Monday, August 11, 2008

C++ is dead?

I have a love/hate relationship with C++.

There, I said it.

C++ allows you to almost program to the metal, giving you extensions/intrinsics to code for the machine. It also allows you to use higher level constructs, like OOP and metaprogramming.

But to write a simple task, it is quite a pain. You have to create a project, compile, link, add the libraries, etc... To use any string operations, you have to use STL which is slow sometimes.

Sometimes I do like to write a quick & dirty script in Ruby to test something or for tools.

What does this have to do with the "C++ is dead" title? A post from C0DE517E.

While I agree C++ is not the best language in the world, it still is relevant. Just ask any games tech lead, or senior engineer who has spent days optimizing an inner loop for CPU performance. C++ is still the way to go for games, since games programming by definition pushes the hardware to its limit. The problem with other languages is that the compiler/language/interpreter hides the hardware for you (which is good in a lot of other problem domains), but games in the end is making the specific hardware work for you.

Yes, garbage collection is nice, but remember that consoles are embedded systems with limited resources. If you artists take up 85% of the available video ram in assets, you have to have control over the loading/unloading, not just hoping the garbage collector will get your hints and run when you tell it to.

I agree some things are *really* tedious to do in c++, and the syntax can be very not clear. But until somebody comes up with a language that is more powerful, allows you to program 'to the metal' and allows you to use better high-level constructs, while at the same time create optimized code that takes into consideration branch predictions, instruction pipelining and load-hit-stores, I think we're (to quote Larry David)"pretty, pretty, pretty pretty good!".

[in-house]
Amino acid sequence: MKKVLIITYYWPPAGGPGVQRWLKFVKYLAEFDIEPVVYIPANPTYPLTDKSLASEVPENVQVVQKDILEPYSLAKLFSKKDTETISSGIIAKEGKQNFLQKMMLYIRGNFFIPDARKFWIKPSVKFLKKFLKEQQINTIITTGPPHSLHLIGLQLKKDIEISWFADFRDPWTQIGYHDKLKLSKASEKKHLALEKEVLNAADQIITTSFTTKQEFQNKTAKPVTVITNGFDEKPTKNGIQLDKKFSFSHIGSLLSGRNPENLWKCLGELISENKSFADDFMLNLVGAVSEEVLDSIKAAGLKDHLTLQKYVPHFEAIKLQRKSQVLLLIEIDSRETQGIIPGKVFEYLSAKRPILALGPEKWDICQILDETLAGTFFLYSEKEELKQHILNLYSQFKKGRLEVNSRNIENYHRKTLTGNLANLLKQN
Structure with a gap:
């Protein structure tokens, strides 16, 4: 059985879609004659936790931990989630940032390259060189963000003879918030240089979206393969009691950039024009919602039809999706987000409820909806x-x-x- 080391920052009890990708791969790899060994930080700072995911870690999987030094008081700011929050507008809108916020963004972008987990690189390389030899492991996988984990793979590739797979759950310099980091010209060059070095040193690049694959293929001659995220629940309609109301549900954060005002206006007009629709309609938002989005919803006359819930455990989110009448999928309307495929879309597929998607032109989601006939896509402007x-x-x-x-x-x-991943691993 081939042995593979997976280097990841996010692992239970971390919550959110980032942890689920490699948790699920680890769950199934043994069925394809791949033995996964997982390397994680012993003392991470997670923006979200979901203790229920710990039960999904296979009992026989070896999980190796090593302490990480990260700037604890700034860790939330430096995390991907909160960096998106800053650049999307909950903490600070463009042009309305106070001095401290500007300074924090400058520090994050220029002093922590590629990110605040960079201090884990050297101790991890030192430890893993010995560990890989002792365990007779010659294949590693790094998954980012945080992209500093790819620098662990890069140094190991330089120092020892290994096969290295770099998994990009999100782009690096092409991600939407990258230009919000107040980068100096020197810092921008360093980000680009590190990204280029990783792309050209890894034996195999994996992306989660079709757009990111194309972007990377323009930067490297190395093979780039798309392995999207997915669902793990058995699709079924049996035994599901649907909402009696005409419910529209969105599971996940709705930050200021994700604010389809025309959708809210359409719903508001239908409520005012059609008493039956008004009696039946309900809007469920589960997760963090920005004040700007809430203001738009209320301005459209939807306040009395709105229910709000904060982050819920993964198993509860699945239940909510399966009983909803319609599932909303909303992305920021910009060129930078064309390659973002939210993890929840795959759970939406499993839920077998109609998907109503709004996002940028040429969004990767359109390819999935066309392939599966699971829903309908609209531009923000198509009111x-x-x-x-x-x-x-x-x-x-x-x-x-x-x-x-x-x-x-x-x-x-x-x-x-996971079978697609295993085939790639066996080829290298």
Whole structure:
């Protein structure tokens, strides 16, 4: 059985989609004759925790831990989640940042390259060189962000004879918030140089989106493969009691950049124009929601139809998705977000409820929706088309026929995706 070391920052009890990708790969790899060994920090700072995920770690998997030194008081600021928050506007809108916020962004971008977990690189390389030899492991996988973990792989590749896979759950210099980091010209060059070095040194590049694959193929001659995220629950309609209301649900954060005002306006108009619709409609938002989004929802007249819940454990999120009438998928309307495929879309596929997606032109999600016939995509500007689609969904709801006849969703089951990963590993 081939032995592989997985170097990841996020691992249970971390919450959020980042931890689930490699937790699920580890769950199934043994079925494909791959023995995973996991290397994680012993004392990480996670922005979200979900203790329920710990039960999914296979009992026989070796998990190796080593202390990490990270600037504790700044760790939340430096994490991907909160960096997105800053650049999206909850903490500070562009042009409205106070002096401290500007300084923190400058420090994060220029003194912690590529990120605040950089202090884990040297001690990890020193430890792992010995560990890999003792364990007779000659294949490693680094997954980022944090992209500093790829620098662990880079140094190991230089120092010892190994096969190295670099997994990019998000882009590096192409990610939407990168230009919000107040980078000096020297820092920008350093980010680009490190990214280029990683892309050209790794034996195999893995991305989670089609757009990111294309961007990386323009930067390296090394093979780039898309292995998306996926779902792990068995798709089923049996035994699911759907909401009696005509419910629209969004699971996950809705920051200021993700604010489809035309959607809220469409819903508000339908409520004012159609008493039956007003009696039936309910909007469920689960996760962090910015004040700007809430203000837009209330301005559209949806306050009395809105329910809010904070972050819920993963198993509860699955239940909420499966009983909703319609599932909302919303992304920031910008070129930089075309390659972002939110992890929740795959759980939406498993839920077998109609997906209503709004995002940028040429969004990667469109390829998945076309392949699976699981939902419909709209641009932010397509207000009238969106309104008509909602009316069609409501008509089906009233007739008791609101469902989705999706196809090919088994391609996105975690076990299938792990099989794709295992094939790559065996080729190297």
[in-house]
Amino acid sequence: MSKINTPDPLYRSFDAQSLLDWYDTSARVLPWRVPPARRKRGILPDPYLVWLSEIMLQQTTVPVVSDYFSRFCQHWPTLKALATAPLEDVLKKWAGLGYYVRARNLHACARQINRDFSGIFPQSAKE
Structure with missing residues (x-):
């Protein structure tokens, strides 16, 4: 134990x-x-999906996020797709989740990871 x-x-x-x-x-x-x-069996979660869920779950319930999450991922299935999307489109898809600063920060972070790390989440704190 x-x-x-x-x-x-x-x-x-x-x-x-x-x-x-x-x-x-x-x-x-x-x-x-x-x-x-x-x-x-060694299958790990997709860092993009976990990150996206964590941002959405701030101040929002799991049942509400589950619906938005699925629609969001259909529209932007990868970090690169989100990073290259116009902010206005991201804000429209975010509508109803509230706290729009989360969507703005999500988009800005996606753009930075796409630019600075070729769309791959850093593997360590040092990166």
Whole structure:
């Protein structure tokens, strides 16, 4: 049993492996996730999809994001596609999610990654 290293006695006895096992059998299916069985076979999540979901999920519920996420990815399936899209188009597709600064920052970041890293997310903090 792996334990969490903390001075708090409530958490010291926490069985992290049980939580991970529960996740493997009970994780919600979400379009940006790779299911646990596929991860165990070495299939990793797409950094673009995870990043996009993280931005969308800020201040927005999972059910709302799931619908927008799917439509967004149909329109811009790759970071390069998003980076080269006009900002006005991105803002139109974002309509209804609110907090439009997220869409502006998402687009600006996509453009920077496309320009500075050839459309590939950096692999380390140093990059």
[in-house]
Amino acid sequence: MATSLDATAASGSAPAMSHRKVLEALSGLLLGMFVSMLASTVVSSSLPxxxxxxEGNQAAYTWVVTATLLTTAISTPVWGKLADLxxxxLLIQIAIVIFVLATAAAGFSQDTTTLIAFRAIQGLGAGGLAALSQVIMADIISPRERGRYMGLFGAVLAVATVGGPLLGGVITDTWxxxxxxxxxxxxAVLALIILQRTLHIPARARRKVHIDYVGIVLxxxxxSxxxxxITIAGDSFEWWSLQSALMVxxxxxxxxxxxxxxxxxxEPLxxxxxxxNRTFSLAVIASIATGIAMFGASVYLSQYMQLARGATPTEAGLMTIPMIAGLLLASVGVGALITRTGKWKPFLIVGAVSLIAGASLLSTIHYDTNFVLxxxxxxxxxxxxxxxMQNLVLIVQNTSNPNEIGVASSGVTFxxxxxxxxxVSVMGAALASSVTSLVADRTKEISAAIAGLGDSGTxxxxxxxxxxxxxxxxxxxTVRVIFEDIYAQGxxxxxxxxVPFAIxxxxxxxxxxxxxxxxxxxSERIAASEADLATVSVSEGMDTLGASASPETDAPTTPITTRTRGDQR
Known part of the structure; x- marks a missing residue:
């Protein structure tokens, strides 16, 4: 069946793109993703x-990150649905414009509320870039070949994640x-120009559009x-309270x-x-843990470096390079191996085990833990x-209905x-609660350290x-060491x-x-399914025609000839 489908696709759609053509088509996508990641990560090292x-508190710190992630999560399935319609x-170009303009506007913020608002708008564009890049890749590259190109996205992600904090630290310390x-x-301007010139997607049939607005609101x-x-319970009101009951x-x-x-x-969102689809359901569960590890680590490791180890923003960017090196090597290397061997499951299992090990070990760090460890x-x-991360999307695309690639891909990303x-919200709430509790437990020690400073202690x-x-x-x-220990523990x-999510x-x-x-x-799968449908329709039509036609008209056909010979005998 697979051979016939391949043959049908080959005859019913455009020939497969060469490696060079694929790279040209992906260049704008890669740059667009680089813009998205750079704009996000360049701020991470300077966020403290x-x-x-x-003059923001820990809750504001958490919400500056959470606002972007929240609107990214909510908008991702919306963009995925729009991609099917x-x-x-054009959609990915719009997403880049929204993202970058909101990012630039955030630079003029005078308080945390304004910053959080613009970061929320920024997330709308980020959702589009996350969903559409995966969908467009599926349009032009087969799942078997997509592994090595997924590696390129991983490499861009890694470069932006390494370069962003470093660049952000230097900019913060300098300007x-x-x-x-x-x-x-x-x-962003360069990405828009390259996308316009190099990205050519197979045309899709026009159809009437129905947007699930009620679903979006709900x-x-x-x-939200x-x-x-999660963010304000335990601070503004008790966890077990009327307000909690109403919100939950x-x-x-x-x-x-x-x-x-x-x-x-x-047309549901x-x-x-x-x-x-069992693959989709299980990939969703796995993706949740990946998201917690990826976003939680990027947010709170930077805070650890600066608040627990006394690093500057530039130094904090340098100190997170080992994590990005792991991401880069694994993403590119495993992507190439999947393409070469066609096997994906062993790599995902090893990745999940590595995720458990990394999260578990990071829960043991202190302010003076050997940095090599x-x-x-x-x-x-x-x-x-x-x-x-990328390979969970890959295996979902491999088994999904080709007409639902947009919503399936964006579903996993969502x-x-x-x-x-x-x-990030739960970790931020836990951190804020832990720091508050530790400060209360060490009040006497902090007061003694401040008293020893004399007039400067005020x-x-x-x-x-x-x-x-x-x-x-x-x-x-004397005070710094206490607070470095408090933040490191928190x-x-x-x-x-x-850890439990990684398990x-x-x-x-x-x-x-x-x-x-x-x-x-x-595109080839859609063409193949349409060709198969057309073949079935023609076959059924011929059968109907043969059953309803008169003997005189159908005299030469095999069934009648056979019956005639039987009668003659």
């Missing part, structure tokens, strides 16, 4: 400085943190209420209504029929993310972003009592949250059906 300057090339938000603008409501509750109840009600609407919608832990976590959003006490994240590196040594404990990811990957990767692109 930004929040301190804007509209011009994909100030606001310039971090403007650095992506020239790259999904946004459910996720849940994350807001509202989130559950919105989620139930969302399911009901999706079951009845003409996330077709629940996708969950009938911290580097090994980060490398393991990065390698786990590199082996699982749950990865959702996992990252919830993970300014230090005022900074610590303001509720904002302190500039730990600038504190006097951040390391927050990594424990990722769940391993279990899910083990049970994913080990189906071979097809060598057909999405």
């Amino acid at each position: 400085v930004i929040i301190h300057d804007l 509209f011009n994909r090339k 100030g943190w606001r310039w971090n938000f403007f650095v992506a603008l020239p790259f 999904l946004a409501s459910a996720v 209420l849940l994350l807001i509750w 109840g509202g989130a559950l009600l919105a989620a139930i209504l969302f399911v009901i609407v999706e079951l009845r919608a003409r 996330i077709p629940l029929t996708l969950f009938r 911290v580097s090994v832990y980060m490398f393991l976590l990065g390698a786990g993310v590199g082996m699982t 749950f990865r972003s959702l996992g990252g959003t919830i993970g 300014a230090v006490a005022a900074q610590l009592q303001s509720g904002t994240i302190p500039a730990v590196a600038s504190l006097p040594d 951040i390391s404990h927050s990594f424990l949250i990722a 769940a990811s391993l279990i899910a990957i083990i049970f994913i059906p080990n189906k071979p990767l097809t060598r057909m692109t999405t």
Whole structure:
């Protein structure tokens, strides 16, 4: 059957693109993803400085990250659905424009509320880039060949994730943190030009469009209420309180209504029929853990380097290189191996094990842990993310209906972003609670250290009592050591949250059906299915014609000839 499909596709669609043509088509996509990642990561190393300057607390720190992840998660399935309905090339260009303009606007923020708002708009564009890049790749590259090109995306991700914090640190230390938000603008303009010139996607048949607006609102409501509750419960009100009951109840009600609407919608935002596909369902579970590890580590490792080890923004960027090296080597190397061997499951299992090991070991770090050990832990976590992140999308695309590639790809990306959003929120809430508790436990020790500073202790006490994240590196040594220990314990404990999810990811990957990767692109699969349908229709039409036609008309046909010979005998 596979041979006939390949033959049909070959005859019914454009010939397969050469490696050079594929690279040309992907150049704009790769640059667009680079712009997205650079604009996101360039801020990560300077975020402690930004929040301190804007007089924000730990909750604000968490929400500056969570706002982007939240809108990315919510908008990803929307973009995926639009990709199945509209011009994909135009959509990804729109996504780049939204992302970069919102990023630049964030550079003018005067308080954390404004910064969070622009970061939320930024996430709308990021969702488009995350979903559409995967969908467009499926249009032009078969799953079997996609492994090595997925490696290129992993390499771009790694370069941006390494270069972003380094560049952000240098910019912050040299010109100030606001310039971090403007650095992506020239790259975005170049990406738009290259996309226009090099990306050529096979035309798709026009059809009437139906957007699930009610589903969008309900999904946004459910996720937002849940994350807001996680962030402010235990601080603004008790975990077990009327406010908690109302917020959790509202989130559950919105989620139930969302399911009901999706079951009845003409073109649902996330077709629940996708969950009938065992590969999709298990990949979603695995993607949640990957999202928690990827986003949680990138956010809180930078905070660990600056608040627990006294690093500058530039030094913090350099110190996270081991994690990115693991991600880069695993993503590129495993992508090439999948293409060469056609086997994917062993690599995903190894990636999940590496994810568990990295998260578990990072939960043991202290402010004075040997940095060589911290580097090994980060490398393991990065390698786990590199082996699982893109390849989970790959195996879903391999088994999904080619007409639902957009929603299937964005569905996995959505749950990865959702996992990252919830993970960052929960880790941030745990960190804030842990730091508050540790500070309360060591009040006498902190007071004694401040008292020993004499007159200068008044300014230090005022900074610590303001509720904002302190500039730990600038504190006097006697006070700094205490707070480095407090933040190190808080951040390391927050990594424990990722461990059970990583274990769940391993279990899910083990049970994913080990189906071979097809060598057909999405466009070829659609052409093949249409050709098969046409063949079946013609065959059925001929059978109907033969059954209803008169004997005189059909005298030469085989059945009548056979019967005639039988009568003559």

aaron said...

> You have to create a project, compile, link, add the libraries...

Not really. In VC:
c:\tmp>type test.cpp
#include <iostream>
using std::cout;
int main(){
cout << "hello world\n";

c:\tmp>cl /EHsc /Zi /nologo test.cpp

hello world


Likewise, with gcc (mingw)
c:\tmp>g++ test.cpp -o test.exe

hello world


As for libraries, you can add commonly used libraries to your build path. see the LIB environment variable for VC.

Btw, first time reader here -- hope i'm not out of line :)


R Caloca said...

Yes, you're right.. However on Ruby you could simply do:
> ruby
puts "hello world!"

and that's it!

sulfide said...

yes all that extra work in compiling c++ over using ruby..give me a break. I hate when people make big deals out of small things.